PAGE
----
According to Atenea, a possible political scenario for the post-Castro-era in Cuba would be a negotiated transition. If Raul Castro will not manage to continue his rule on the island, the Cuban economic and military elite – pressured by the socio-economic crisis – could be willing to share power-quotas with other sector of the society. Following the example of South Africa, where a negotiated transition was led by Nelson Mandela, Atenea suggests that a Cuban dissident could be the means of democratizing the country. Again, the success of that, for Cuba and for the world, would depend on which dissident.
The path thorough democratization will not be easy for Cuba, a country for five decades under the grip of a dictatorship. Unless the Cuban people suddenly start an uprising against the regime, however, the Castro brothers have no intention of giving up power. As Venezuelan president Hugo Chavez said, Fidel Castro is more alive than ever, and willing to continue the fight against "Imperialism." Any popular revolt would be instantly repressed by the powerful Cuban Revolutionary Armed Forces, who now control 60% of the economy. In order to avoid giving up to this privileges, they will defend Castor's regime to the death.
The fake news about Castro's death succeeded in bringing back the question of whether the ideology of Castroism can survive after Castro. Many analysts argue that Catroism is doomed to disappear: the island has no other choice but to liberalize its economy to overcome its current economic crisis. Some cautious measure towards the openness of the market has already taken place in Cuba under the presidency of Fidel Castro's brother Raul. Even Fidel Castro himself admitted that the Communist economic model failed: "The Cuban model doesn't even work for us anymore," he confessed last September, 2010.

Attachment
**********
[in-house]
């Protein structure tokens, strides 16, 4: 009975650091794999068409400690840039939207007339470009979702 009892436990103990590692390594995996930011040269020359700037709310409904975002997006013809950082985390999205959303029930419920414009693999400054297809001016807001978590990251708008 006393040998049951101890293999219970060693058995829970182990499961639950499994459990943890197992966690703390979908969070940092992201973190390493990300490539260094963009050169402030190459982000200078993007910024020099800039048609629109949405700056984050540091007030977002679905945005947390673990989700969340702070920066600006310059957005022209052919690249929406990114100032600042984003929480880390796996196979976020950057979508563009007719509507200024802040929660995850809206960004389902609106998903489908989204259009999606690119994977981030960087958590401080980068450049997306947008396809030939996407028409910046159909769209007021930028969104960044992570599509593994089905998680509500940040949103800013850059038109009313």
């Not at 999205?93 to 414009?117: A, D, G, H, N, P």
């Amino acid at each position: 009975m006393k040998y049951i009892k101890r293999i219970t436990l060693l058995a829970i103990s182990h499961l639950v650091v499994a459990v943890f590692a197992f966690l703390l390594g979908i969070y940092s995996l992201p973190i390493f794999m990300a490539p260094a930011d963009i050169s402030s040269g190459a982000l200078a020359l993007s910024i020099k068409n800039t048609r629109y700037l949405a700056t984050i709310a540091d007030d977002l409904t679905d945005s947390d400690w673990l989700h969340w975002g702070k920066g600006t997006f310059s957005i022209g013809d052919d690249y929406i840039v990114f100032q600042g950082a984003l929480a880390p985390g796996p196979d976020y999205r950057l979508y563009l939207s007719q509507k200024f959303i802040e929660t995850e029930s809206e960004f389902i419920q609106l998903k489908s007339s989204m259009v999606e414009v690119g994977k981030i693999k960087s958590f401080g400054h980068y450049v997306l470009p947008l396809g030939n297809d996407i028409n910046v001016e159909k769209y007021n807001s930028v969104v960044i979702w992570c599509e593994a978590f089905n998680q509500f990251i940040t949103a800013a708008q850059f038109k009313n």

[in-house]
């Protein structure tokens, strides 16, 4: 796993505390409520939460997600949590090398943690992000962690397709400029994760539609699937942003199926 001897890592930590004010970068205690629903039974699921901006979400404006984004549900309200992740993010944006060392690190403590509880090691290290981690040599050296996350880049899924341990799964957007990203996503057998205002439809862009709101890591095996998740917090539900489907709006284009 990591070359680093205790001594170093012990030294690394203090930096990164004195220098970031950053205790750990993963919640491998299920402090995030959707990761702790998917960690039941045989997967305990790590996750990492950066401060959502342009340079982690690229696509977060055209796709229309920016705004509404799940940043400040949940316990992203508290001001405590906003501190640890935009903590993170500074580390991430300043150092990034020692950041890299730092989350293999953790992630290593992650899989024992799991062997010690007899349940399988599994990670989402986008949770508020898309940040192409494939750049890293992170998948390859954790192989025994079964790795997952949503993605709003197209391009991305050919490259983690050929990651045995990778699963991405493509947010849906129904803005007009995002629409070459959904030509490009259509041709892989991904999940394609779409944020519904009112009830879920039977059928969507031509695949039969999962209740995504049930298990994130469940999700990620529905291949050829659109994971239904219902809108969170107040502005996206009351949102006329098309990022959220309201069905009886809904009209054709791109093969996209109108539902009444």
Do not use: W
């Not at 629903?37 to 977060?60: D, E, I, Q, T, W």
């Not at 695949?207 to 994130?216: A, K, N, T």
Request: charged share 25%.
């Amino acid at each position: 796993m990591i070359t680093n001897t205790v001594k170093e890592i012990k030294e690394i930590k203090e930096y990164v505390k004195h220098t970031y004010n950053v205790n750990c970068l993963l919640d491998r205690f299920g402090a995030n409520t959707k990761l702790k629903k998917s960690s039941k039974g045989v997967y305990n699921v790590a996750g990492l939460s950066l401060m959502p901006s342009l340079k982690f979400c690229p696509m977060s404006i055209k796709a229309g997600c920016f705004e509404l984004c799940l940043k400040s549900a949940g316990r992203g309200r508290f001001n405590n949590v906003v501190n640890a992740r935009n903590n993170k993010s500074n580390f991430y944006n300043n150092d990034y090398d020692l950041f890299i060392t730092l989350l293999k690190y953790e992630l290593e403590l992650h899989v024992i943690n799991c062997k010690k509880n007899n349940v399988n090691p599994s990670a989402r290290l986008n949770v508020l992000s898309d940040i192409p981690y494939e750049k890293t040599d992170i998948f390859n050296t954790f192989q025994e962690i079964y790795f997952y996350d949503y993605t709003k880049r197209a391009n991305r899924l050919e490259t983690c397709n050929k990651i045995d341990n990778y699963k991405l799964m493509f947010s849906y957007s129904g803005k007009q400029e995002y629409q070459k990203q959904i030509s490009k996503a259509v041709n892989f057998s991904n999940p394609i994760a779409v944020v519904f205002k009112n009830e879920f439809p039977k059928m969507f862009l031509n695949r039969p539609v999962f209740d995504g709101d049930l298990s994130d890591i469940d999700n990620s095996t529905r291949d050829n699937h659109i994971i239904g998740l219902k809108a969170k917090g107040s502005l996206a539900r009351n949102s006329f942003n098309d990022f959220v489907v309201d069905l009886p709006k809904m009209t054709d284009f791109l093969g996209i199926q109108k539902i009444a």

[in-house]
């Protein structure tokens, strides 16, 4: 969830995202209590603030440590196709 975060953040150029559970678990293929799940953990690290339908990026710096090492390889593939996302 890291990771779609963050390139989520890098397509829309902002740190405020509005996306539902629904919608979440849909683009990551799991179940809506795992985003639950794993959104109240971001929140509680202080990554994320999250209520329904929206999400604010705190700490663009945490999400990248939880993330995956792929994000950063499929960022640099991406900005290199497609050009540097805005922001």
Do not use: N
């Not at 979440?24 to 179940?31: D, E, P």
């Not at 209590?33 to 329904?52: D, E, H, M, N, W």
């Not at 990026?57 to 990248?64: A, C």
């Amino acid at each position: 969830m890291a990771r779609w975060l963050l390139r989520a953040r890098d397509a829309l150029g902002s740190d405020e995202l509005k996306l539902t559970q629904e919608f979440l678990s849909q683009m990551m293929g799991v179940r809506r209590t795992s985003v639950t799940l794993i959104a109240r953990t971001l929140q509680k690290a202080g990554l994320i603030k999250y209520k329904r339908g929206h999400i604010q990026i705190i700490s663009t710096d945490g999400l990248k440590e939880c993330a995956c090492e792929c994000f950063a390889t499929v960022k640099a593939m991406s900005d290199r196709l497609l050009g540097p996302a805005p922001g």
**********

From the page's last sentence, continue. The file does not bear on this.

As pointed out by a University of New Mexico paper by Mario Rivera, Cuba found it necessary long ago "to put into effect market-oriented policies," especially to address the severe economic crisis triggered by the loss of Soviet support after 1989 that left the country with nothing to sustain it. However, "even the most spontaneous and forceful change is occurring within revolutionary bounds, and… the fits and starts of liberalization policy have simply manifested the tactical agility of Cuban leaders. In this view, the cyclical nature of economic policymaking in Cuba is not cause for concern so much as a corollary of pluralism—of a plurality of intersecting and competing interests within the confines of a socialist civil society. The creation of mixed enterprises, joint ventures, and other hybrid forms of commerce, and the rise of managerial, entrepreneurial, and other social networks in the economy, is an indication of a potential for the development of capable institutions, both public and private, in a democratic direction," the paper noted.